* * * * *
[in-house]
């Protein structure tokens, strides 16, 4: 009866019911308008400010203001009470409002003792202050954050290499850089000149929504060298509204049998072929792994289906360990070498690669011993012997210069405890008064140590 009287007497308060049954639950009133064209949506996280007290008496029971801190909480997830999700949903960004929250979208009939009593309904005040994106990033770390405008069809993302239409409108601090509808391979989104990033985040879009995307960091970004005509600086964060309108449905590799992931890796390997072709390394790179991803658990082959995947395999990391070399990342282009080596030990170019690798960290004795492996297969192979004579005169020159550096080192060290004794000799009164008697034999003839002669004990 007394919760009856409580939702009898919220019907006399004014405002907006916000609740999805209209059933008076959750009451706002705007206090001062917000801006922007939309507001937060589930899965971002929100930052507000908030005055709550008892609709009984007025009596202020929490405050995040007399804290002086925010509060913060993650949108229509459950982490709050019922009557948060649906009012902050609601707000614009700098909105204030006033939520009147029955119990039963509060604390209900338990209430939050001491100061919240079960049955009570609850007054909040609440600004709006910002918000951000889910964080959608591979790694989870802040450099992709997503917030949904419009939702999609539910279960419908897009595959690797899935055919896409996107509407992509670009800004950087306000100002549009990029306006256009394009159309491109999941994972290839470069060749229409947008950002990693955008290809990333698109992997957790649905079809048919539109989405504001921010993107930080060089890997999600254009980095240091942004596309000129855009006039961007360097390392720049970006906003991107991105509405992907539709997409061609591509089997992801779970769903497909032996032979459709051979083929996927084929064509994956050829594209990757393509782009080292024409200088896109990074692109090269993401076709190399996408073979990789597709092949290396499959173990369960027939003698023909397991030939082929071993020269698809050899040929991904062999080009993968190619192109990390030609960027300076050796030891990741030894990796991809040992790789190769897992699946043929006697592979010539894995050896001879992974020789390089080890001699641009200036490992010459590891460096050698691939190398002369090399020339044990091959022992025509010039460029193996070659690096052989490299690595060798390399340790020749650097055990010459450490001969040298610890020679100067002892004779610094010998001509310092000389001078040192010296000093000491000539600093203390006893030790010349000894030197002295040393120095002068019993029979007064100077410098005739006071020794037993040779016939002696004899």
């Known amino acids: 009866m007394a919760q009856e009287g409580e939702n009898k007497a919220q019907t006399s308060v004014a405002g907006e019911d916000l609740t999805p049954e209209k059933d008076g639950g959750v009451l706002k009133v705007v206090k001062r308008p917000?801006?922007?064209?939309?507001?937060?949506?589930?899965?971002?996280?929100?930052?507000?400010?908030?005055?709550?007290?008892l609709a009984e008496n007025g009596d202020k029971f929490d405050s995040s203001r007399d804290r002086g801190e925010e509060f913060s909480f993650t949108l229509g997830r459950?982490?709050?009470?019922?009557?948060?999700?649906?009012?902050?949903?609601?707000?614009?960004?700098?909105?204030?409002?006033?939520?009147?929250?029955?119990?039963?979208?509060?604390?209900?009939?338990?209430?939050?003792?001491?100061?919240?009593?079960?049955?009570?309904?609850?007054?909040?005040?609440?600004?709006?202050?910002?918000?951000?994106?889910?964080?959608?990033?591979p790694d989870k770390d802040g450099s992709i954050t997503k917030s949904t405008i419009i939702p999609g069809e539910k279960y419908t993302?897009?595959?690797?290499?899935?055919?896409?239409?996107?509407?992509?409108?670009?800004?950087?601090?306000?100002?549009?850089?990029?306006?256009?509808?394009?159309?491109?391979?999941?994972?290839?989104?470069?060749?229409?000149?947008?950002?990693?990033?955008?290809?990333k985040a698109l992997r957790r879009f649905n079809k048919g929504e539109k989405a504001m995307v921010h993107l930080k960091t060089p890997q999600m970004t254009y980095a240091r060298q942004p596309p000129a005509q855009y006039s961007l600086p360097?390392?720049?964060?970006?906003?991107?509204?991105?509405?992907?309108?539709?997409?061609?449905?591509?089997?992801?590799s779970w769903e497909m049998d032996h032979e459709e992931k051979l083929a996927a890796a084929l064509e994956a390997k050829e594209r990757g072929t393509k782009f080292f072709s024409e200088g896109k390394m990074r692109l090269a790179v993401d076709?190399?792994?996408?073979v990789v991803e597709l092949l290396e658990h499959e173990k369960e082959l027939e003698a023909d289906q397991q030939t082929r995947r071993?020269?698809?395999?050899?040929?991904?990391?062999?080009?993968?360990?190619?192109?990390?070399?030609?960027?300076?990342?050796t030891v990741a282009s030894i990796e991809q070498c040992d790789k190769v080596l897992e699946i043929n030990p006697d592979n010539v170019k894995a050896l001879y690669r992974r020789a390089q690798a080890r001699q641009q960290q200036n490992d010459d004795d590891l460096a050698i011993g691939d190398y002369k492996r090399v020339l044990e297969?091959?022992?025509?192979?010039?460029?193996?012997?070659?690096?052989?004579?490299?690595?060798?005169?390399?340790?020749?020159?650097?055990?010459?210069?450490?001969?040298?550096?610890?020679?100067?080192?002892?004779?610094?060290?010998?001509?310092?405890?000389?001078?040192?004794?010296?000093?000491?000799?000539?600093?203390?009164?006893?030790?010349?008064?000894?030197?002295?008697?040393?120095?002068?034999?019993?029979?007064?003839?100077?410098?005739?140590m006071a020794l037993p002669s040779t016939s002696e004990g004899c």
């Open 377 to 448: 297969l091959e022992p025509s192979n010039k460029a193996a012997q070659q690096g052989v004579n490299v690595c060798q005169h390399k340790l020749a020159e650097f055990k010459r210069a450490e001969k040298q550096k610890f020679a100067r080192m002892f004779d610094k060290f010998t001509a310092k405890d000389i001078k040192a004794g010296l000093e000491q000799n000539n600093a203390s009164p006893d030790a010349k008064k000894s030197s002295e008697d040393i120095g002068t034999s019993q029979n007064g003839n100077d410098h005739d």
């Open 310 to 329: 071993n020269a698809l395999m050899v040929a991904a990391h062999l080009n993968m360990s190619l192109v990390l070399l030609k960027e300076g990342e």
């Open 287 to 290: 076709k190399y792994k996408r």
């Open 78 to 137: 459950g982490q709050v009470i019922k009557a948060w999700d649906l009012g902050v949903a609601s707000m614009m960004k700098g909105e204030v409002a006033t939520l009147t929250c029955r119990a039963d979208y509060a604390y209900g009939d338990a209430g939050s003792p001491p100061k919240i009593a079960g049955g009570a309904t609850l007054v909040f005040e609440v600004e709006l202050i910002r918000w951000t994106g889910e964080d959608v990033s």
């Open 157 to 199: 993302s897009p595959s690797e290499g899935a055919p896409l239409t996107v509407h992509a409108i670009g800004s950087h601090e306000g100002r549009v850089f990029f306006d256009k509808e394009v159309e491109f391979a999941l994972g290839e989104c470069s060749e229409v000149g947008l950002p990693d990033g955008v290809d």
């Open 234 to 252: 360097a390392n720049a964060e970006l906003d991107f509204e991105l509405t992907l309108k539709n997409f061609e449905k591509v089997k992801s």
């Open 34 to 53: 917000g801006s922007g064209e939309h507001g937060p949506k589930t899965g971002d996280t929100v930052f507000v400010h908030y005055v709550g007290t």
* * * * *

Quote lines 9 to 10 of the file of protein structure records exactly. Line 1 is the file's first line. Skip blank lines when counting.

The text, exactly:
């Open 234 to 252: 360097a390392n720049a964060e970006l906003d991107f509204e991105l509405t992907l309108k539709n997409f061609e449905k591509v089997k992801s």
């Open 34 to 53: 917000g801006s922007g064209e939309h507001g937060p949506k589930t899965g971002d996280t929100v930052f507000v400010h908030y005055v709550g007290t």